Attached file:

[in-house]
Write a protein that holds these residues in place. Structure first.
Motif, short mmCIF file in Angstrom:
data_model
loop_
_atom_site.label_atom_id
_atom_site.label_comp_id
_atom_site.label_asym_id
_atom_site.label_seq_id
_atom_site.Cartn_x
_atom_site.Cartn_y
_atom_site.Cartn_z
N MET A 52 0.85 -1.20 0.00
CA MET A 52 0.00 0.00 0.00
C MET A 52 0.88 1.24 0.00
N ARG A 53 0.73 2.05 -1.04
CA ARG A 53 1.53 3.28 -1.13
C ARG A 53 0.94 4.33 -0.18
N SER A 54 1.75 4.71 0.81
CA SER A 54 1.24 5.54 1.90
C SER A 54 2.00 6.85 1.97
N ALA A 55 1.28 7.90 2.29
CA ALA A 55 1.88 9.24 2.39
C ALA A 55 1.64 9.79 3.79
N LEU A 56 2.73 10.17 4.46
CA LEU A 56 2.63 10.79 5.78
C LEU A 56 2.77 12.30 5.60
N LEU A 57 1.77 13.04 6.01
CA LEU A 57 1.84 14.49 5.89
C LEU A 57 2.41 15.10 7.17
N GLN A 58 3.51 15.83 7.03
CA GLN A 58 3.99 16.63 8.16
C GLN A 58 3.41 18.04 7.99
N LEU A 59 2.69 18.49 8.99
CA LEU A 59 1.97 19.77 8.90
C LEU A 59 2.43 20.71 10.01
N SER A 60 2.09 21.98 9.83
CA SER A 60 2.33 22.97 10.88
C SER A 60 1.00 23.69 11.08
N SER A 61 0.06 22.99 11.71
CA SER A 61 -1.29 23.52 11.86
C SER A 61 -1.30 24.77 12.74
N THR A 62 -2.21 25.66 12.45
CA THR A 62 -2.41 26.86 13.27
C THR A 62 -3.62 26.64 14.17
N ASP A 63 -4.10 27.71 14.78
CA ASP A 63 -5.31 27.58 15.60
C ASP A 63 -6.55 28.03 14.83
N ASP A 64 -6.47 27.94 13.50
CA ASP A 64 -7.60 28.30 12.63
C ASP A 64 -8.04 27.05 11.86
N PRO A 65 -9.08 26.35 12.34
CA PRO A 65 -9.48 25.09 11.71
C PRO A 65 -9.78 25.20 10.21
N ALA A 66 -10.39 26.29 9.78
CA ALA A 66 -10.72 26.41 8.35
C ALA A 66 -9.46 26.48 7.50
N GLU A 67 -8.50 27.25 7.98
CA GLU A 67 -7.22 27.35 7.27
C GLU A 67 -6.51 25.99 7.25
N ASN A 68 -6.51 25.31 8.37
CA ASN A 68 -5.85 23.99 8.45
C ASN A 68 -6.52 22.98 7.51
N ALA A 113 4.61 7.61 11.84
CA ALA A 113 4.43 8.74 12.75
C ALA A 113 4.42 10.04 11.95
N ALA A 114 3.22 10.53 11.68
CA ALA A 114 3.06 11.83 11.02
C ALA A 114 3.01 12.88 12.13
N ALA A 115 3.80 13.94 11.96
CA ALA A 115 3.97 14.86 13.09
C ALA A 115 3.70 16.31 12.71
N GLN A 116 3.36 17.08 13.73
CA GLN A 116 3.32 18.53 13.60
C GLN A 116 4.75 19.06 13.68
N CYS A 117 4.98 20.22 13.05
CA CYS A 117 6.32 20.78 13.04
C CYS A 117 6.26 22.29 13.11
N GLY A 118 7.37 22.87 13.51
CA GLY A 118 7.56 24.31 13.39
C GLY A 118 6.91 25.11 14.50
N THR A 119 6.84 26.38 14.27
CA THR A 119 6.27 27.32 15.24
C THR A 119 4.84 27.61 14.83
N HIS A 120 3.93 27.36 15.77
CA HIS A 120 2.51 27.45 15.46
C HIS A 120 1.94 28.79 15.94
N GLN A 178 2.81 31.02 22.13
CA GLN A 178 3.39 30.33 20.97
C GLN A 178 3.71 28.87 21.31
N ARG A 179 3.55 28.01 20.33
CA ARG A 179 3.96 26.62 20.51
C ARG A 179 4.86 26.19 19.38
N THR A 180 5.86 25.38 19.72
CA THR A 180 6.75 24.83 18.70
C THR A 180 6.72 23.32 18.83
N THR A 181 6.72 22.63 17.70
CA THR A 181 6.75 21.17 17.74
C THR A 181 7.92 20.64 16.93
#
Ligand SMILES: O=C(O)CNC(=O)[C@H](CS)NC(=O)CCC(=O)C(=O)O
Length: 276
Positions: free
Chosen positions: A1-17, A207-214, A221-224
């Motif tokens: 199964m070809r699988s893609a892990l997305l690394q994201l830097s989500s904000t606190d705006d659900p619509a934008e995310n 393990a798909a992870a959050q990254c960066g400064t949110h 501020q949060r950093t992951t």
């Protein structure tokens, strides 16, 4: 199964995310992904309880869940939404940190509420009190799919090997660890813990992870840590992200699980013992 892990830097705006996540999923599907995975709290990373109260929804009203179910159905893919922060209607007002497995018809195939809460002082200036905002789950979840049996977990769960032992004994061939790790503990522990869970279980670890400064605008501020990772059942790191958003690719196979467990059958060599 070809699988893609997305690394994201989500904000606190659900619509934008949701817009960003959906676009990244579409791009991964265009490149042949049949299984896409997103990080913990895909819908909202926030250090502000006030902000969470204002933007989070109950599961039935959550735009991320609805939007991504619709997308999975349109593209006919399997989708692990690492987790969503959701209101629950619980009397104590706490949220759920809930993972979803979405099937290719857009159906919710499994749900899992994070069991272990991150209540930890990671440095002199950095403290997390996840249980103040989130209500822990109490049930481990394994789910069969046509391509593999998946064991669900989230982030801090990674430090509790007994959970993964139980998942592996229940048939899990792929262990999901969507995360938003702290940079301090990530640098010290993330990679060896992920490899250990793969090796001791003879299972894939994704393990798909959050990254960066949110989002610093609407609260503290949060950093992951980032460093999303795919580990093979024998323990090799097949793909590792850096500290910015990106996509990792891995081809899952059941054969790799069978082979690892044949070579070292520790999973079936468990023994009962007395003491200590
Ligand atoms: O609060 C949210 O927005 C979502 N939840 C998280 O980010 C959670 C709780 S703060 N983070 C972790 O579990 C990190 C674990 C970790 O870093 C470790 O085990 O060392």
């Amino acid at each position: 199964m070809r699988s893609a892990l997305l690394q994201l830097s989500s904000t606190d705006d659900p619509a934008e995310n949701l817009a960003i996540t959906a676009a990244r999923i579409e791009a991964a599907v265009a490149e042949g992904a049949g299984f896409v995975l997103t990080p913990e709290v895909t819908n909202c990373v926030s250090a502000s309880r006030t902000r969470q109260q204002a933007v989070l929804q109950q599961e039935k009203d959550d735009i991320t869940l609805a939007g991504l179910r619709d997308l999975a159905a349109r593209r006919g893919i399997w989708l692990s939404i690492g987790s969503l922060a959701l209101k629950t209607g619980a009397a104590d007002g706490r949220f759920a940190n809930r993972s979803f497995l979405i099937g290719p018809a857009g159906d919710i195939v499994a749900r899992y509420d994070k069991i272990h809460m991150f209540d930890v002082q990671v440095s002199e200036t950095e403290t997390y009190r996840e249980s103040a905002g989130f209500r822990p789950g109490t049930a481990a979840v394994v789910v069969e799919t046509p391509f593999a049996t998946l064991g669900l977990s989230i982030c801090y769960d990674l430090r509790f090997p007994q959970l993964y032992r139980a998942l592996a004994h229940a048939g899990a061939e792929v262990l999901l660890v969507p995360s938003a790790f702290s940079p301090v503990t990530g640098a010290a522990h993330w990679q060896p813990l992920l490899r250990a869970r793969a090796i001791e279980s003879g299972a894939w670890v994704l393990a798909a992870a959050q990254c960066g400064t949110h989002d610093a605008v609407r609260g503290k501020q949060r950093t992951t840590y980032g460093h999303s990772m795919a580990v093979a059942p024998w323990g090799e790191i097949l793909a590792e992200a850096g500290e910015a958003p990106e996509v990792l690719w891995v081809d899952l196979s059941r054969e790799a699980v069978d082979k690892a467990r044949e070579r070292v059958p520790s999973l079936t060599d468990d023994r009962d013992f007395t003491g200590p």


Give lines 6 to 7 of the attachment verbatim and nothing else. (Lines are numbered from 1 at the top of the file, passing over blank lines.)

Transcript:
_atom_site.label_atom_id
_atom_site.label_comp_id